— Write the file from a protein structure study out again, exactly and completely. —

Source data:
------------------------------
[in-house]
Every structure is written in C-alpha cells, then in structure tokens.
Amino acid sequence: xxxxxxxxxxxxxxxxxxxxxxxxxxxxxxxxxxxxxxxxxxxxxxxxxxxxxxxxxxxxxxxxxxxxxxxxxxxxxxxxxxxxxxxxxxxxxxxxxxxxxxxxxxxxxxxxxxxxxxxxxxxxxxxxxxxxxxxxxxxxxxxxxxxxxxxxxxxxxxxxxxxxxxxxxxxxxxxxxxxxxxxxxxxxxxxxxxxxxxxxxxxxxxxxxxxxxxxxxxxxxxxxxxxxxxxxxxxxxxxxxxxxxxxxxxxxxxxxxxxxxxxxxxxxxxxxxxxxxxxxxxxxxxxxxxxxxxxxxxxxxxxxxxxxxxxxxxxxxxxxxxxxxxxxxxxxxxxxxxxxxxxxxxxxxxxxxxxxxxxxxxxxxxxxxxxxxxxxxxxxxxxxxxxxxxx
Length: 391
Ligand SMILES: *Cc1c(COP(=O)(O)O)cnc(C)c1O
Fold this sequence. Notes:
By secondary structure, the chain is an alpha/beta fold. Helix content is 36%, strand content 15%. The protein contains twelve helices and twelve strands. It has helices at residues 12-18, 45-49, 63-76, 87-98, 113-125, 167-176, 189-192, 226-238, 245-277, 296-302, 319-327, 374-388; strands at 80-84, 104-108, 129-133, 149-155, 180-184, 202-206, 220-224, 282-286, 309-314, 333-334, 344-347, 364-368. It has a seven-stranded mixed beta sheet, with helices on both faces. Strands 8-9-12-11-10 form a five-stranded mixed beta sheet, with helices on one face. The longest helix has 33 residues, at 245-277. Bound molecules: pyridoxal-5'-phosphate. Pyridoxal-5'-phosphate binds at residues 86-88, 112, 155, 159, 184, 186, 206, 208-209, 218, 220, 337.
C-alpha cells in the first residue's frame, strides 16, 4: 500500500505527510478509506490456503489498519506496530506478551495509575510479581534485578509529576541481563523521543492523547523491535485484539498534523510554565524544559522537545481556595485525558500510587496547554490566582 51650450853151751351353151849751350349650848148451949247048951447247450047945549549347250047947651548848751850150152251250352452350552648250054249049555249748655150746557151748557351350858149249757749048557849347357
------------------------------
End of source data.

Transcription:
[in-house]
Every structure is written in C-alpha cells, then in structure tokens.
Amino acid sequence: xxxxxxxxxxxxxxxxxxxxxxxxxxxxxxxxxxxxxxxxxxxxxxxxxxxxxxxxxxxxxxxxxxxxxxxxxxxxxxxxxxxxxxxxxxxxxxxxxxxxxxxxxxxxxxxxxxxxxxxxxxxxxxxxxxxxxxxxxxxxxxxxxxxxxxxxxxxxxxxxxxxxxxxxxxxxxxxxxxxxxxxxxxxxxxxxxxxxxxxxxxxxxxxxxxxxxxxxxxxxxxxxxxxxxxxxxxxxxxxxxxxxxxxxxxxxxxxxxxxxxxxxxxxxxxxxxxxxxxxxxxxxxxxxxxxxxxxxxxxxxxxxxxxxxxxxxxxxxxxxxxxxxxxxxxxxxxxxxxxxxxxxxxxxxxxxxxxxxxxxxxxxxxxxxxxxxxxxxxxxxxxxxxxxxxx
Length: 391
Ligand SMILES: *Cc1c(COP(=O)(O)O)cnc(C)c1O
Fold this sequence. Notes:
By secondary structure, the chain is an alpha/beta fold. Helix content is 36%, strand content 15%. The protein contains twelve helices and twelve strands. It has helices at residues 12-18, 45-49, 63-76, 87-98, 113-125, 167-176, 189-192, 226-238, 245-277, 296-302, 319-327, 374-388; strands at 80-84, 104-108, 129-133, 149-155, 180-184, 202-206, 220-224, 282-286, 309-314, 333-334, 344-347, 364-368. It has a seven-stranded mixed beta sheet, with helices on both faces. Strands 8-9-12-11-10 form a five-stranded mixed beta sheet, with helices on one face. The longest helix has 33 residues, at 245-277. Bound molecules: pyridoxal-5'-phosphate. Pyridoxal-5'-phosphate binds at residues 86-88, 112, 155, 159, 184, 186, 206, 208-209, 218, 220, 337.
C-alpha cells in the first residue's frame, strides 16, 4: 500500500505527510478509506490456503489498519506496530506478551495509575510479581534485578509529576541481563523521543492523547523491535485484539498534523510554565524544559522537545481556595485525558500510587496547554490566582 51650450853151751351353151849751350349650848148451949247048951447247450047945549549347250047947651548848751850150152251250352452350552648250054249049555249748655150746557151748557351350858149249757749048557849347357